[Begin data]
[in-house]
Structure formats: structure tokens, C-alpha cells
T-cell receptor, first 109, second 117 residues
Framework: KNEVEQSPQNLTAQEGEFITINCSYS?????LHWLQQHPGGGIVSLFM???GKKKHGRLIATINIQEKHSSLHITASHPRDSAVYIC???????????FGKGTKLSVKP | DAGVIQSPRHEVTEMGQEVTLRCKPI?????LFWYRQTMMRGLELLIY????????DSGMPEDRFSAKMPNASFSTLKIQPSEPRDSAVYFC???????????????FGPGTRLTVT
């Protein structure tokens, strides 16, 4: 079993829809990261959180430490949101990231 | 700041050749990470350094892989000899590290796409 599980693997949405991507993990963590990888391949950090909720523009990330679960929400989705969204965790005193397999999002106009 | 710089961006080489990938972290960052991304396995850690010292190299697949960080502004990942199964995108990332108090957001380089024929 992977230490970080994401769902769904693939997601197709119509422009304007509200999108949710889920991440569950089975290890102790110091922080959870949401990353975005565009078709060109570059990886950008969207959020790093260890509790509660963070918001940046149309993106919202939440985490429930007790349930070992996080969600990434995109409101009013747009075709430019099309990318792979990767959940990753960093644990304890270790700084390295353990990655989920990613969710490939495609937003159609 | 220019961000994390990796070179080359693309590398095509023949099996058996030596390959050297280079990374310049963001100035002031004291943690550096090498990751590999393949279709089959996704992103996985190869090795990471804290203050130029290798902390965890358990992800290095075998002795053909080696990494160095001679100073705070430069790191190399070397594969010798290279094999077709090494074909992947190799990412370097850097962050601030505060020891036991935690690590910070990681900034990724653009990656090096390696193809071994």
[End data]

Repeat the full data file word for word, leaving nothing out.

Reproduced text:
[in-house]
Structure formats: structure tokens, C-alpha cells
T-cell receptor, first 109, second 117 residues
Framework: KNEVEQSPQNLTAQEGEFITINCSYS?????LHWLQQHPGGGIVSLFM???GKKKHGRLIATINIQEKHSSLHITASHPRDSAVYIC???????????FGKGTKLSVKP | DAGVIQSPRHEVTEMGQEVTLRCKPI?????LFWYRQTMMRGLELLIY????????DSGMPEDRFSAKMPNASFSTLKIQPSEPRDSAVYFC???????????????FGPGTRLTVT
């Protein structure tokens, strides 16, 4: 079993829809990261959180430490949101990231 | 700041050749990470350094892989000899590290796409 599980693997949405991507993990963590990888391949950090909720523009990330679960929400989705969204965790005193397999999002106009 | 710089961006080489990938972290960052991304396995850690010292190299697949960080502004990942199964995108990332108090957001380089024929 992977230490970080994401769902769904693939997601197709119509422009304007509200999108949710889920991440569950089975290890102790110091922080959870949401990353975005565009078709060109570059990886950008969207959020790093260890509790509660963070918001940046149309993106919202939440985490429930007790349930070992996080969600990434995109409101009013747009075709430019099309990318792979990767959940990753960093644990304890270790700084390295353990990655989920990613969710490939495609937003159609 | 220019961000994390990796070179080359693309590398095509023949099996058996030596390959050297280079990374310049963001100035002031004291943690550096090498990751590999393949279709089959996704992103996985190869090795990471804290203050130029290798902390965890358990992800290095075998002795053909080696990494160095001679100073705070430069790191190399070397594969010798290279094999077709090494074909992947190799990412370097850097962050601030505060020891036991935690690590910070990681900034990724653009990656090096390696193809071994």